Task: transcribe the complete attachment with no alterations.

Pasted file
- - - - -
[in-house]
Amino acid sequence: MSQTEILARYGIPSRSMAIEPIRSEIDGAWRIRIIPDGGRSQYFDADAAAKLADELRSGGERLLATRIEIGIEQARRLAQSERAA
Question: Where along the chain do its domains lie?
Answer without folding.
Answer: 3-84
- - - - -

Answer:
[in-house]
Amino acid sequence: MSQTEILARYGIPSRSMAIEPIRSEIDGAWRIRIIPDGGRSQYFDADAAAKLADELRSGGERLLATRIEIGIEQARRLAQSERAA
Question: Where along the chain do its domains lie?
Answer without folding.
Answer: 3-84